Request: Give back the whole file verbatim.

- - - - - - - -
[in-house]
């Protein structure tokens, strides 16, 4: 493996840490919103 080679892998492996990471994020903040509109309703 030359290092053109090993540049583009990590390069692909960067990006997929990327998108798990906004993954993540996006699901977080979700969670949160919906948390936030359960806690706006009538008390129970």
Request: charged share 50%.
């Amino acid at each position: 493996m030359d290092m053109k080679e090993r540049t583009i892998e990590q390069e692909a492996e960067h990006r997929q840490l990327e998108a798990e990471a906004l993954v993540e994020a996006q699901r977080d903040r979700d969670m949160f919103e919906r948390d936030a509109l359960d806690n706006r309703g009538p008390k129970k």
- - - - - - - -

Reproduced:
[in-house]
């Protein structure tokens, strides 16, 4: 493996840490919103 080679892998492996990471994020903040509109309703 030359290092053109090993540049583009990590390069692909960067990006997929990327998108798990906004993954993540996006699901977080979700969670949160919906948390936030359960806690706006009538008390129970």
Request: charged share 50%.
């Amino acid at each position: 493996m030359d290092m053109k080679e090993r540049t583009i892998e990590q390069e692909a492996e960067h990006r997929q840490l990327e998108a798990e990471a906004l993954v993540e994020a996006q699901r977080d903040r979700d969670m949160f919103e919906r948390d936030a509109l359960d806690n706006r309703g009538p008390k129970k």